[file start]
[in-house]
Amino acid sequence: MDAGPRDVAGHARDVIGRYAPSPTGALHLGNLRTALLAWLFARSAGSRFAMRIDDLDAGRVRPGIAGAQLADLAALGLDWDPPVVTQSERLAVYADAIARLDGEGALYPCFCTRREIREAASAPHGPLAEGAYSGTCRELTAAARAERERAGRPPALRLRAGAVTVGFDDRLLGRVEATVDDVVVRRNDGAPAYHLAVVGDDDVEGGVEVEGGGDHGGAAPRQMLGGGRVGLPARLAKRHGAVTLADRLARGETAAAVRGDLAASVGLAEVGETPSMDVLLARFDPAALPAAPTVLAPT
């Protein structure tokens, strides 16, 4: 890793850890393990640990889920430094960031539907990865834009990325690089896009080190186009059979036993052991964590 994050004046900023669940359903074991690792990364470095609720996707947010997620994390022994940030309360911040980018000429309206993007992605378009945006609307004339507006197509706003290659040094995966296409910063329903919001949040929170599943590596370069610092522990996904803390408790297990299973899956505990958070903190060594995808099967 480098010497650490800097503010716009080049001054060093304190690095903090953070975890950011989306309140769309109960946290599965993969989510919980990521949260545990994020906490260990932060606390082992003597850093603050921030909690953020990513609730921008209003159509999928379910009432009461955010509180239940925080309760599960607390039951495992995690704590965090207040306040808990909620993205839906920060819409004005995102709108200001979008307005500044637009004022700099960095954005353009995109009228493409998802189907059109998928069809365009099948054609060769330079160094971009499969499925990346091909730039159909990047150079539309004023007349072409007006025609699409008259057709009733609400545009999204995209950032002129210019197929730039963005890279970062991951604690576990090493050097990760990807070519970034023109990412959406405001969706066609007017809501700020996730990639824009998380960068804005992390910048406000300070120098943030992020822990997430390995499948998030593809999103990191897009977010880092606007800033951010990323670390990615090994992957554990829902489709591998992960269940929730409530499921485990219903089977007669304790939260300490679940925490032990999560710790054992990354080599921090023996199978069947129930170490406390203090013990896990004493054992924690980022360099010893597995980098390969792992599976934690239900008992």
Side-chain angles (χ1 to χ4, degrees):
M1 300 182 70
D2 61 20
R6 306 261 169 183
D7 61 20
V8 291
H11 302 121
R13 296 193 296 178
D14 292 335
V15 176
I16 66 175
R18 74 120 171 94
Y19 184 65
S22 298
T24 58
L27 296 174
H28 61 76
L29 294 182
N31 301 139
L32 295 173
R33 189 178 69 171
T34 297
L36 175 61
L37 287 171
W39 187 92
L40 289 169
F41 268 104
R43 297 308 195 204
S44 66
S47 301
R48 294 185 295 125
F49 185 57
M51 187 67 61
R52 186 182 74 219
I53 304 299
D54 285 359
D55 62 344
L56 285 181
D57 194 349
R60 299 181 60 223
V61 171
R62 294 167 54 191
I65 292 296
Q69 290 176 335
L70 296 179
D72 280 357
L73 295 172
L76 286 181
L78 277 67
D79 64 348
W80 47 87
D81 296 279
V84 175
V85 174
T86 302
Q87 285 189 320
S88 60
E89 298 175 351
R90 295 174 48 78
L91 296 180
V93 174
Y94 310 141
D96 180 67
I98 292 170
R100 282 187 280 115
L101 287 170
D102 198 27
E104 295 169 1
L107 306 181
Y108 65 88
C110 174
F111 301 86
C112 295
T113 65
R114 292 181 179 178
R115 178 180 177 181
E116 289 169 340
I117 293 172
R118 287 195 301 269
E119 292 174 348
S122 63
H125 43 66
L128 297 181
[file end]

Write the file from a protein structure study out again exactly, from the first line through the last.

[in-house]
Amino acid sequence: MDAGPRDVAGHARDVIGRYAPSPTGALHLGNLRTALLAWLFARSAGSRFAMRIDDLDAGRVRPGIAGAQLADLAALGLDWDPPVVTQSERLAVYADAIARLDGEGALYPCFCTRREIREAASAPHGPLAEGAYSGTCRELTAAARAERERAGRPPALRLRAGAVTVGFDDRLLGRVEATVDDVVVRRNDGAPAYHLAVVGDDDVEGGVEVEGGGDHGGAAPRQMLGGGRVGLPARLAKRHGAVTLADRLARGETAAAVRGDLAASVGLAEVGETPSMDVLLARFDPAALPAAPTVLAPT
């Protein structure tokens, strides 16, 4: 890793850890393990640990889920430094960031539907990865834009990325690089896009080190186009059979036993052991964590 994050004046900023669940359903074991690792990364470095609720996707947010997620994390022994940030309360911040980018000429309206993007992605378009945006609307004339507006197509706003290659040094995966296409910063329903919001949040929170599943590596370069610092522990996904803390408790297990299973899956505990958070903190060594995808099967 480098010497650490800097503010716009080049001054060093304190690095903090953070975890950011989306309140769309109960946290599965993969989510919980990521949260545990994020906490260990932060606390082992003597850093603050921030909690953020990513609730921008209003159509999928379910009432009461955010509180239940925080309760599960607390039951495992995690704590965090207040306040808990909620993205839906920060819409004005995102709108200001979008307005500044637009004022700099960095954005353009995109009228493409998802189907059109998928069809365009099948054609060769330079160094971009499969499925990346091909730039159909990047150079539309004023007349072409007006025609699409008259057709009733609400545009999204995209950032002129210019197929730039963005890279970062991951604690576990090493050097990760990807070519970034023109990412959406405001969706066609007017809501700020996730990639824009998380960068804005992390910048406000300070120098943030992020822990997430390995499948998030593809999103990191897009977010880092606007800033951010990323670390990615090994992957554990829902489709591998992960269940929730409530499921485990219903089977007669304790939260300490679940925490032990999560710790054992990354080599921090023996199978069947129930170490406390203090013990896990004493054992924690980022360099010893597995980098390969792992599976934690239900008992």
Side-chain angles (χ1 to χ4, degrees):
M1 300 182 70
D2 61 20
R6 306 261 169 183
D7 61 20
V8 291
H11 302 121
R13 296 193 296 178
D14 292 335
V15 176
I16 66 175
R18 74 120 171 94
Y19 184 65
S22 298
T24 58
L27 296 174
H28 61 76
L29 294 182
N31 301 139
L32 295 173
R33 189 178 69 171
T34 297
L36 175 61
L37 287 171
W39 187 92
L40 289 169
F41 268 104
R43 297 308 195 204
S44 66
S47 301
R48 294 185 295 125
F49 185 57
M51 187 67 61
R52 186 182 74 219
I53 304 299
D54 285 359
D55 62 344
L56 285 181
D57 194 349
R60 299 181 60 223
V61 171
R62 294 167 54 191
I65 292 296
Q69 290 176 335
L70 296 179
D72 280 357
L73 295 172
L76 286 181
L78 277 67
D79 64 348
W80 47 87
D81 296 279
V84 175
V85 174
T86 302
Q87 285 189 320
S88 60
E89 298 175 351
R90 295 174 48 78
L91 296 180
V93 174
Y94 310 141
D96 180 67
I98 292 170
R100 282 187 280 115
L101 287 170
D102 198 27
E104 295 169 1
L107 306 181
Y108 65 88
C110 174
F111 301 86
C112 295
T113 65
R114 292 181 179 178
R115 178 180 177 181
E116 289 169 340
I117 293 172
R118 287 195 301 269
E119 292 174 348
S122 63
H125 43 66
L128 297 181